In high school, Mark Schuermann won two state soccer championships and set scoring records. Later he set records with his Division I college team. Clearly he’s accustomed to excelling in his endeavors. This was certainly the case when he joined Scripps Networks Interactive in 1998 (then known as The E.W. Scripps Company) as senior auditor. Ten years later, at age thirty-six, he had risen through the ranks and was named senior vice president and treasurer of the Fortune 500 company.
Much of Schuermann’s work ethic and many of his professional accomplishments relate directly to the sort of qualities often associated with sports: contributing as part of a team, knowing how to adapt to changing circumstances, and overcoming challenges. But he believes that sports also taught him a great deal about leadership and how to appropriately gauge his own performance.
Using the Right Measuring stick
As a top-performing center midfielder, Schuermann took on team leadership roles at an early age. He also recognized that he could control certain outcomes, like playing harder or practicing longer to score more frequently. But things changed in college, where he found more players at his advanced skill and talent levels. There he learned that there are times on the field—as there are in a business career—when the best efforts may not translate into the desired results.
“You have to have the self-confidence to know that you did your best and tried every strategy you could,” Schuermann says. “The wins and losses become less accurate measures of your success. It’s about how well you did your job.”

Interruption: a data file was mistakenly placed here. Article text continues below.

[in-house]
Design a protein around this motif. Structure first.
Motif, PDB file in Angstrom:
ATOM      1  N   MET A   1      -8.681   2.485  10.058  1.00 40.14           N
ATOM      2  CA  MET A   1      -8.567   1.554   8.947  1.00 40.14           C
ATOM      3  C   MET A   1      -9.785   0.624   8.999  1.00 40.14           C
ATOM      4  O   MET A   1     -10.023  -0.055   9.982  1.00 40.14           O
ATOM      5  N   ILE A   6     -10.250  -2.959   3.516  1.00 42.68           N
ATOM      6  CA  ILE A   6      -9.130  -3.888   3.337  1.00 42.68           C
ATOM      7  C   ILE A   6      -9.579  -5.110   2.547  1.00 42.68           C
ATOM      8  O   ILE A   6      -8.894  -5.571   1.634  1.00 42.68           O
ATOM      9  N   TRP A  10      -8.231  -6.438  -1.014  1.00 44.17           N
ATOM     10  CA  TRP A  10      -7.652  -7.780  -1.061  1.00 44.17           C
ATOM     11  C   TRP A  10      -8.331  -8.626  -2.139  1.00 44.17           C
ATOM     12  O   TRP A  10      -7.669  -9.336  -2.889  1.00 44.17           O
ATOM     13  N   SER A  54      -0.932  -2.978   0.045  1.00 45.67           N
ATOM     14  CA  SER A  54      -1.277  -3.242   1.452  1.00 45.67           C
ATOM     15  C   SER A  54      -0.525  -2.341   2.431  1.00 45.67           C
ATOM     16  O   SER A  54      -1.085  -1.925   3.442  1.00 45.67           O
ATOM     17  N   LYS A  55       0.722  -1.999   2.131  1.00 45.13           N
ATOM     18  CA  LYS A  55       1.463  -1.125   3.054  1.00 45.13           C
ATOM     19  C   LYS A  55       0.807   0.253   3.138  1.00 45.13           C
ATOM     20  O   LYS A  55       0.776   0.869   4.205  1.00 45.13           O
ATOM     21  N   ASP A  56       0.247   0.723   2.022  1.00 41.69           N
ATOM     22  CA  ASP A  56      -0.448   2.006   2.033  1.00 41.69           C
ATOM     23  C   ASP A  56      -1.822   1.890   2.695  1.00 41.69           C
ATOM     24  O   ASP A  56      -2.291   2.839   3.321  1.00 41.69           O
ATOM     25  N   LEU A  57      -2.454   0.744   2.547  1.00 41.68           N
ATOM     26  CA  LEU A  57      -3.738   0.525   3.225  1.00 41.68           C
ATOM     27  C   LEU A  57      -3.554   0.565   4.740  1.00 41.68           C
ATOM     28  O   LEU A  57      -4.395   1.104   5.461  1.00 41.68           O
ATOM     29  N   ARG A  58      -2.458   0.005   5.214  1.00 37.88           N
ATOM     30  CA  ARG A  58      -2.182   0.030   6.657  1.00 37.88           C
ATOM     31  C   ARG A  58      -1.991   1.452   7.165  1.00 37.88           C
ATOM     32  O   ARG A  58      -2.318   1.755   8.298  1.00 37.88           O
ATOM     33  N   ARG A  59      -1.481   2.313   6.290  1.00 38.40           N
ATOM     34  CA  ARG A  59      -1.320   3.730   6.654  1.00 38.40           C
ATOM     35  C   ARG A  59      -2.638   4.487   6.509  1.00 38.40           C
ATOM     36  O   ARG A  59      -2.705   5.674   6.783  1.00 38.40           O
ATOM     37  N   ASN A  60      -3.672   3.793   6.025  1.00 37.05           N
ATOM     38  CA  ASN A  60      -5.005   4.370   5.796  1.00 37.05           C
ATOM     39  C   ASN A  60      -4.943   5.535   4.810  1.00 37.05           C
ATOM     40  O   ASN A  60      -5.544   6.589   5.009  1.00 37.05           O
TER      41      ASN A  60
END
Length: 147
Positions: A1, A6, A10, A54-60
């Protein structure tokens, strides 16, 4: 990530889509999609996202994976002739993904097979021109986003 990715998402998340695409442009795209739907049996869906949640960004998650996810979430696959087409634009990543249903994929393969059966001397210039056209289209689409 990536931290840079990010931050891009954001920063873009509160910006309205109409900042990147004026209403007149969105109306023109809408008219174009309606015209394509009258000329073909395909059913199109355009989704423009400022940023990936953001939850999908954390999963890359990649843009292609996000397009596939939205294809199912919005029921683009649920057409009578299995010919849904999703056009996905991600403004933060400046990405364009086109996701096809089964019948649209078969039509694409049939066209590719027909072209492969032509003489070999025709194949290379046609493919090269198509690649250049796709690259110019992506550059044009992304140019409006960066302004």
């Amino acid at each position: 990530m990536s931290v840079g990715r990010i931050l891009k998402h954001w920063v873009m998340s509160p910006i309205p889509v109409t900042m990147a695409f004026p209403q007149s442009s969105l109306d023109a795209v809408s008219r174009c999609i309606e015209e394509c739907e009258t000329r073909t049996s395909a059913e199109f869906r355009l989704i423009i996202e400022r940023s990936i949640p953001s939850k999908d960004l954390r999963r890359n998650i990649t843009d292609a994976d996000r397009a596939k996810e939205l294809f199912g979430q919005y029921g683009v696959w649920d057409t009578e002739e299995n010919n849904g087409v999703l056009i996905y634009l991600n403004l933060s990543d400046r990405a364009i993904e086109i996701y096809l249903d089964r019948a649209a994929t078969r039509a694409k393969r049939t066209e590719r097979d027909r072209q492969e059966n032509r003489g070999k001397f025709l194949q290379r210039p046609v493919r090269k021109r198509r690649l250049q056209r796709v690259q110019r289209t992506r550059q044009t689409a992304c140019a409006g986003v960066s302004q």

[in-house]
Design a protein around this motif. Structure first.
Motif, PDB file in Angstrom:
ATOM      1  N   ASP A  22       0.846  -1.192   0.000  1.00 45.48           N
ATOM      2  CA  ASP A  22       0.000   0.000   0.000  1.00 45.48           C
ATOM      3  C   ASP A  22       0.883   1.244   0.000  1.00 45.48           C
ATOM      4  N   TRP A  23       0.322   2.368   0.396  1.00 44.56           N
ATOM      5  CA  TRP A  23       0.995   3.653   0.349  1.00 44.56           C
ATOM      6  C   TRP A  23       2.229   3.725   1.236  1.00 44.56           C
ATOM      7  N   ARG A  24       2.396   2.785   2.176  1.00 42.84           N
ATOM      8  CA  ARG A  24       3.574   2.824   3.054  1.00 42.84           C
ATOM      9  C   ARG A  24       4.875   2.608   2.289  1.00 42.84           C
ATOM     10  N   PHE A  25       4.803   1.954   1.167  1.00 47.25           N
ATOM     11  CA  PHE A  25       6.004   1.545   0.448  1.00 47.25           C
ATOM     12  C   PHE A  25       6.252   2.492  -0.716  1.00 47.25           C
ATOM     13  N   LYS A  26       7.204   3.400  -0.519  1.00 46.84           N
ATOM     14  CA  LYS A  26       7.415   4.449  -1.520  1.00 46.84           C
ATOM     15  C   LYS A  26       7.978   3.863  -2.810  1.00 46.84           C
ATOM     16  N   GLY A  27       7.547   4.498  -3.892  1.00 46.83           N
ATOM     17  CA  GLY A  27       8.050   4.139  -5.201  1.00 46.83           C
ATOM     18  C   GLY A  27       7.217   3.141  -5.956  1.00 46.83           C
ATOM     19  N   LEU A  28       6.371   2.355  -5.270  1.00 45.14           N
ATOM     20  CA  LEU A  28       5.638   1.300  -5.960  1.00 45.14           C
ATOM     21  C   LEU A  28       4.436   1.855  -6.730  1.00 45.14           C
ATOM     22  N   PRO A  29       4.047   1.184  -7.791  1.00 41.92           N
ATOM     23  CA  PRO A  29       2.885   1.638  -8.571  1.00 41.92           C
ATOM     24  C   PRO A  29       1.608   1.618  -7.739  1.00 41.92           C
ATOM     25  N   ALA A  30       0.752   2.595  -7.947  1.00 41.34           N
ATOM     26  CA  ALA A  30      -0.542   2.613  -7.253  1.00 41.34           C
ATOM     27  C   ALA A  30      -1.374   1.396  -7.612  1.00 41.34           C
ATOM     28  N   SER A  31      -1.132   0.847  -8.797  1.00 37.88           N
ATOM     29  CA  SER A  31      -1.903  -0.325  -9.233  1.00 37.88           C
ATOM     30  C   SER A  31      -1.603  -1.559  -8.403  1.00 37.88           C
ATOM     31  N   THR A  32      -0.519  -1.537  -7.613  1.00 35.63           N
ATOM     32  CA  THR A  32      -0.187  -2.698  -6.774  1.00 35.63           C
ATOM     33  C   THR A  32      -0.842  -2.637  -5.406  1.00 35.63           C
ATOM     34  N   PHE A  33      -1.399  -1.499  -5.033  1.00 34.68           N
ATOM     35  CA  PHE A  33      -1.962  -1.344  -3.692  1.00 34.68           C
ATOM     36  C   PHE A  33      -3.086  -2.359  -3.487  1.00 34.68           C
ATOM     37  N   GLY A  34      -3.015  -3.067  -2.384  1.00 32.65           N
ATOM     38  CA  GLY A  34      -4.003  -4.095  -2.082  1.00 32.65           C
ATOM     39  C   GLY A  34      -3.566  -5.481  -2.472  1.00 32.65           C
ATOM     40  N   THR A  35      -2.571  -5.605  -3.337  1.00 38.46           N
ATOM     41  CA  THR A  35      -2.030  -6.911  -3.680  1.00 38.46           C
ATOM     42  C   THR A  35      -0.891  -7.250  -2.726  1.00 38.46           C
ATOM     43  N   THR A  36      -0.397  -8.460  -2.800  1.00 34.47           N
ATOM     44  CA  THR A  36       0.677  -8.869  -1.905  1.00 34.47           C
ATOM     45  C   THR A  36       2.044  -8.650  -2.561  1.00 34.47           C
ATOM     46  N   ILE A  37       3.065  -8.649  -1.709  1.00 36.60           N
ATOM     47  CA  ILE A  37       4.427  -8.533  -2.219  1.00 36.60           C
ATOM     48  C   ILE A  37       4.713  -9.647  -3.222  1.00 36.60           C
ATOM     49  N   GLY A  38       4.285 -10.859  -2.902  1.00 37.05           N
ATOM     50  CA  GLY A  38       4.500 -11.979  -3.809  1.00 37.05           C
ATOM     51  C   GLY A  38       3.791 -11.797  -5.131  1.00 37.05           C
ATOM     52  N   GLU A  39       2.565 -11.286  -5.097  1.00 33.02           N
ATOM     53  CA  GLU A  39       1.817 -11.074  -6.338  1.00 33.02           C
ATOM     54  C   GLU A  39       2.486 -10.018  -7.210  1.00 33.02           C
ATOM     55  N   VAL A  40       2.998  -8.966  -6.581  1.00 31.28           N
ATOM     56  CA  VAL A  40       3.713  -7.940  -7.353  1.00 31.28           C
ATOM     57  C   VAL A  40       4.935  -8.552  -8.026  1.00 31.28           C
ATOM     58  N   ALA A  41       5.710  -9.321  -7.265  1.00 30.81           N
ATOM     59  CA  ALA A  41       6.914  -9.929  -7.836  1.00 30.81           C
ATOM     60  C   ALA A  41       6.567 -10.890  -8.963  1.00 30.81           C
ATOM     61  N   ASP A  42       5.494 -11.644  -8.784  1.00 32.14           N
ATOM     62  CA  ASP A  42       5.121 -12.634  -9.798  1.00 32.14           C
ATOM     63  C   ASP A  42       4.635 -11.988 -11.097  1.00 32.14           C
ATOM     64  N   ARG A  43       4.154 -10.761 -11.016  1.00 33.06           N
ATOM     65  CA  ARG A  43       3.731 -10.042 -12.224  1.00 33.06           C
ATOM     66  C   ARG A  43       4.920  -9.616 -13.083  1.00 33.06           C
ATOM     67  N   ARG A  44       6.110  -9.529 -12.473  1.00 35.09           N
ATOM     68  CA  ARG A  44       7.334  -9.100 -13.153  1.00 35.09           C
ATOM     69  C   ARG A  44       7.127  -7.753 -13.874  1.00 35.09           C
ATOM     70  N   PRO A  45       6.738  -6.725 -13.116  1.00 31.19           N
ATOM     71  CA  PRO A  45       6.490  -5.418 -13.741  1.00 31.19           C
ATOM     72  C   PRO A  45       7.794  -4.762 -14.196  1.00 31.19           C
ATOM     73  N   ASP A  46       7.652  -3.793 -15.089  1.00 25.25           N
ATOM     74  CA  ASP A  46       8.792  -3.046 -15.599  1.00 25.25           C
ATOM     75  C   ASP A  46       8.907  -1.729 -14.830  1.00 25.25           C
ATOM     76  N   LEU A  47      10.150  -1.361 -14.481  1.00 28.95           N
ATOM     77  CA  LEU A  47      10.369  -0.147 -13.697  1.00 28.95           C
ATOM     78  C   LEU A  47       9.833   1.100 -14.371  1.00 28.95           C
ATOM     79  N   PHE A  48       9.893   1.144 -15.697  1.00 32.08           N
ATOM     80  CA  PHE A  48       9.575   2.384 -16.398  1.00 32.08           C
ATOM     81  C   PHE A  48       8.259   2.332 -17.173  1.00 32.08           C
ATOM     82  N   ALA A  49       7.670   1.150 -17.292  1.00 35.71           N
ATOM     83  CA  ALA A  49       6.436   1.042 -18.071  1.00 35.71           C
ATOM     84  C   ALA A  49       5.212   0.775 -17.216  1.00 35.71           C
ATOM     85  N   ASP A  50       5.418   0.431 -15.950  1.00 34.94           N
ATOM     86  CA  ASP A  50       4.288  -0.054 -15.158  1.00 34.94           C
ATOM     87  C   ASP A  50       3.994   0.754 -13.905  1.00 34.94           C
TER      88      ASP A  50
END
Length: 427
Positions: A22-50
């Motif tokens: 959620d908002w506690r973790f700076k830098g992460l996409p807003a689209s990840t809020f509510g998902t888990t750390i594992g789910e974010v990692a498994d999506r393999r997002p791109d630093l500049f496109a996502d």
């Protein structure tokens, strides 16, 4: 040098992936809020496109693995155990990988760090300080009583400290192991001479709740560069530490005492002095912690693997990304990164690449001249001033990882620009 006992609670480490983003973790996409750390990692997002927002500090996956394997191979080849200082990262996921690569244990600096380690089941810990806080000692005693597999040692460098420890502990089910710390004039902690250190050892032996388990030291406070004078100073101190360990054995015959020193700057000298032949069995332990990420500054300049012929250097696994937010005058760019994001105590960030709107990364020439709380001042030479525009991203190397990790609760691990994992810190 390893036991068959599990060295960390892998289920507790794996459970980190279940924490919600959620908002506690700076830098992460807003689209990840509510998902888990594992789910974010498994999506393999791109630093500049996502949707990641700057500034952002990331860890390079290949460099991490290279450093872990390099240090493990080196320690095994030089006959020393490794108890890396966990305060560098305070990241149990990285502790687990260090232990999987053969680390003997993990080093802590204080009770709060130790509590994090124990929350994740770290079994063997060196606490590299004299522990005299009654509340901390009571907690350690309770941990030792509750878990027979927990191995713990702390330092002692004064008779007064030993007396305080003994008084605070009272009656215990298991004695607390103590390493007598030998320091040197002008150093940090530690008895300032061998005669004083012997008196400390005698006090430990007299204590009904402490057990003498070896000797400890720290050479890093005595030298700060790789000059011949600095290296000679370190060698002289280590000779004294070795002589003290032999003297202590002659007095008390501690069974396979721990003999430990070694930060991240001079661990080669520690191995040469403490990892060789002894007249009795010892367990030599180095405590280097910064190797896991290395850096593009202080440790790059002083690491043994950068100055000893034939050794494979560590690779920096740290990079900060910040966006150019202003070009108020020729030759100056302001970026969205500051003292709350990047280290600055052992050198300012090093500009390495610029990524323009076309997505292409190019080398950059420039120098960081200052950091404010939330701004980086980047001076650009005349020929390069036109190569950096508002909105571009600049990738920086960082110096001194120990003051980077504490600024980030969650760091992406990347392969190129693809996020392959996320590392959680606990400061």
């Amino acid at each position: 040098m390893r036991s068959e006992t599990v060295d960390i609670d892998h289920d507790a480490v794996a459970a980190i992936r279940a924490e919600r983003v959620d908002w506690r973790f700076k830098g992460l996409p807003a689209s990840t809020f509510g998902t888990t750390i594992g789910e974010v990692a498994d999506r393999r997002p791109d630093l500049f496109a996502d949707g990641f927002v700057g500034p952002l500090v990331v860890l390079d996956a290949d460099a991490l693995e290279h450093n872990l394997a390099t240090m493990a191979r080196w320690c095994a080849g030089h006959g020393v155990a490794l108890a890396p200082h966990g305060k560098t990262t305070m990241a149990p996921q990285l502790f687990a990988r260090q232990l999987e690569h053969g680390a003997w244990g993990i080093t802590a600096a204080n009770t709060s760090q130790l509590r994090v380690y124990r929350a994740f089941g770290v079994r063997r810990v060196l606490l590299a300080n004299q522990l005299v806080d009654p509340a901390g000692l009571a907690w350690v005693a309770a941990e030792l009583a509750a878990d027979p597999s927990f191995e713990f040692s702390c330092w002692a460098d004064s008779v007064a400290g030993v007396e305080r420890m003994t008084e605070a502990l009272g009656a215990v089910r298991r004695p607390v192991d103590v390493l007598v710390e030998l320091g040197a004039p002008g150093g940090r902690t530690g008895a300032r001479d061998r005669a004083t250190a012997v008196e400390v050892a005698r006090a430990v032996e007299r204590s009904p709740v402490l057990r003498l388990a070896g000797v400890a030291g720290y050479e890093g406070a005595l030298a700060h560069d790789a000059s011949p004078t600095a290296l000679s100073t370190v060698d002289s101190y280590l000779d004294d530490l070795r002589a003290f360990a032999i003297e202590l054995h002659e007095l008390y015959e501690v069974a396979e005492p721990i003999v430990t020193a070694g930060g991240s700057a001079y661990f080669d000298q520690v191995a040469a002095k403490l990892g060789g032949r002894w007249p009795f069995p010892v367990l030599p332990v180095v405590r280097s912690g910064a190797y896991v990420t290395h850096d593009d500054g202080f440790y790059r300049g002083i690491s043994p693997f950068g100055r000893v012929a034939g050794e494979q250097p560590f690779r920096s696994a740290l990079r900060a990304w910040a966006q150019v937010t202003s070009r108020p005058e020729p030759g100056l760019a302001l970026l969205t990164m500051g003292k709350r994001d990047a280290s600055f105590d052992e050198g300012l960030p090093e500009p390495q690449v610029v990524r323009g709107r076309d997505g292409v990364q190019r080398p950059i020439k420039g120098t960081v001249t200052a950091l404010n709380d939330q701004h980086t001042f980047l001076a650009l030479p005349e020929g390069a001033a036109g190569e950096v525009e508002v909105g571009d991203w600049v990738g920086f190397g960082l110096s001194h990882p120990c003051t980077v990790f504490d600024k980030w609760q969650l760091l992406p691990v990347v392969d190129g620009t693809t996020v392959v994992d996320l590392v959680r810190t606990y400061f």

That principle serves as a reminder to him to be adaptable as a leader and manager. He recalls an instance with a previous company when the conclusions of an audit project were not what his manager expected. As a result, the project group was blamed for how the audit was executed.
“As a leader, you need to step back and assess whether your expectations are appropriate,” Schuermann says. “If you trust your people, you have to be willing to acknowledge your own role in unexpected or
That perspective is in keeping with the importance he places on leading by example. Schuermann feels that this applies to everything, from how a leader dresses and talks to his or her team to being authentic and approachable—even to taking risks.
“You have to encourage your team to take chances,” Schuermann says. “It helps them grow, feel empowered, and that they’re contributing and making a difference. As a leader, the hard part is that you have to stay genuinely open to their ideas and accepting of the possibility that they might fail.”
Schuermann put this philosophy into practice last year during Scripps’ recent
$2 billion acquisition of TVN, Poland’s premier multiplatform media company. As the largest acquisition in the company’s history, there were limitations on disclosing proprietary information before the deal closed because both companies are public. As a certified risk manager and certified M&A adviser, Schuermann had to let the Scripps teams he managed proceed with certain calculated risks as part of due diligence.